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The answer to confusion is always no.
I’m not sure who said this first, but I love this quote.
I use it regularly as a helpful thought to help me get through circumstances that my brain is labeling as confusing.
Let’s define confused: “unable to think clearly, bewildered.”
When a human brain experiences confusion about something it’s simply because it lacks internal knowledge to make sense of it. It has yet to internalize information physically, by creating connected brain cells, that will easily explain what is happening. In other words, confusion is just a lack of understanding. What that looks like on a physical level is a lack of brain cells that house the knowledge you need to understand something.
When the brain gets confused, the immediate action the brain wants to initiate is avoidance. You can also think of this as inaction on something. When you don’t understand how to do something, the brain quickly assesses whether it’s worth the time and energy to figure it out.
Let’s take a quick look at brains that LOVE to put time and energy towards figuring stuff out: baby brains. The brains of babies put all of their energy towards figuring the world out by gathering information, tinkering, playing, failing and succeeding. This is vital to learning how to live in the world.
Once that baby grows into a kid, the information gathering starts to slow down a bit, because that brain now has more tasks and responsibilities to take care of, so energy has to be divided. And as adults, we can have so many perceived tasks and responsibilities that the very thought of trying to learn/tackle something new can be exhausting, so the minute we get confused is often the minute we stop pursuing something we want.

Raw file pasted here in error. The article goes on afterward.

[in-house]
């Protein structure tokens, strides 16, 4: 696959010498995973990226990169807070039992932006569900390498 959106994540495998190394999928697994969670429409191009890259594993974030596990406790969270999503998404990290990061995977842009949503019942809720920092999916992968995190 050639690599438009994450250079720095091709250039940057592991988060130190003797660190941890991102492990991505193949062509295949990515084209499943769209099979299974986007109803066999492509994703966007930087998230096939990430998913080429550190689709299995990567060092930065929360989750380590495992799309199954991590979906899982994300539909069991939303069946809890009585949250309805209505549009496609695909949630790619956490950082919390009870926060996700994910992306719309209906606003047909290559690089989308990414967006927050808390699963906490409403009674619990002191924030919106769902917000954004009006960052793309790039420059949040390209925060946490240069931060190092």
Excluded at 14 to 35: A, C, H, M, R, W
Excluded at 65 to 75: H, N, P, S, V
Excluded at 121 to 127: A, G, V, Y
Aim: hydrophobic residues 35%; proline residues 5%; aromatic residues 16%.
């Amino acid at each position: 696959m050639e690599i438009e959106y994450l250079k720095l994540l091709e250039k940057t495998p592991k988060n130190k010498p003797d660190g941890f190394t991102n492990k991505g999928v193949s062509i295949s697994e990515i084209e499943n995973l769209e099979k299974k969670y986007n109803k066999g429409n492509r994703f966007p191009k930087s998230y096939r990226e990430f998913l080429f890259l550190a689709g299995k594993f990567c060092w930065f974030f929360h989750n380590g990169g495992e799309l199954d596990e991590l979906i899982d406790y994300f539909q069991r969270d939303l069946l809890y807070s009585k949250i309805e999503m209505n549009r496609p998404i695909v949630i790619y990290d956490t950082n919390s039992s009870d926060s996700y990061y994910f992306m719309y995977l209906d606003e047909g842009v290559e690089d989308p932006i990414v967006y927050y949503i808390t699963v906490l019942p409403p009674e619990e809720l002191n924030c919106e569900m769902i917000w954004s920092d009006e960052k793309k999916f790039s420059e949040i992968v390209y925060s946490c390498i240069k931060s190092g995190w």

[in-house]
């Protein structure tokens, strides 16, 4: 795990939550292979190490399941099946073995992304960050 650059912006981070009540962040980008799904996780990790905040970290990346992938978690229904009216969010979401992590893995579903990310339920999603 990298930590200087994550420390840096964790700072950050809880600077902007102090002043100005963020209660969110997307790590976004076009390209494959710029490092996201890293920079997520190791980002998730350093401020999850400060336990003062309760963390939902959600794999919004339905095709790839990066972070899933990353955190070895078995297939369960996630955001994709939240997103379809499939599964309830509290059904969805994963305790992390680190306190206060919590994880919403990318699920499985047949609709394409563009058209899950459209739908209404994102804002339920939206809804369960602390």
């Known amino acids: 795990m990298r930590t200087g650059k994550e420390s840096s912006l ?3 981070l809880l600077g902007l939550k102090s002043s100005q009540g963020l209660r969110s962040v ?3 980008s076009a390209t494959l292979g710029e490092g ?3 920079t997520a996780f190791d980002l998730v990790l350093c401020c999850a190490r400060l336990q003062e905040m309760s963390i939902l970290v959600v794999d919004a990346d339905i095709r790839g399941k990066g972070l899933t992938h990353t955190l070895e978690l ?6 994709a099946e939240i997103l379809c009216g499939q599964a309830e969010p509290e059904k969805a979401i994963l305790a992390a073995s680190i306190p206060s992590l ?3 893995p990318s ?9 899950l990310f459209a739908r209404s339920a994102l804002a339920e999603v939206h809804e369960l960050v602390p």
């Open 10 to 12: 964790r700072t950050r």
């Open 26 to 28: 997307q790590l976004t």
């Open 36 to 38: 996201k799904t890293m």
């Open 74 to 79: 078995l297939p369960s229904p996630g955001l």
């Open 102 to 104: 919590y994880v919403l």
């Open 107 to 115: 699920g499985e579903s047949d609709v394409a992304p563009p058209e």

Because of confusion we deny ourselves our deepest desires, because we just can’t see the how of achieving it, and to fail in achieving it seems like one of the most painful things we could experience.
What if you didn’t let yourself succumb to confusion?
Remember, confusion simply means your brain lacks the information to explain in, and then the brain creates an uncomfortable emotional state in the body that typically results in avoidance.
What if in that moment of confusion you reminded yourself of “baby brain”? You reminded yourself that it’s time to gather information, to tinker and play, so you can allow your brain to start to create the neural networks to understand something.
If you choose to not buy into confusion, you choose not to buy into inaction.
Your brain uses confusion as a test of “worthiness” for new information.
You use your brain as a tool to get over itself and gather the information to create understanding.
I help people get past the confusion so they can make clear decisions. Click here to book a consultation with me.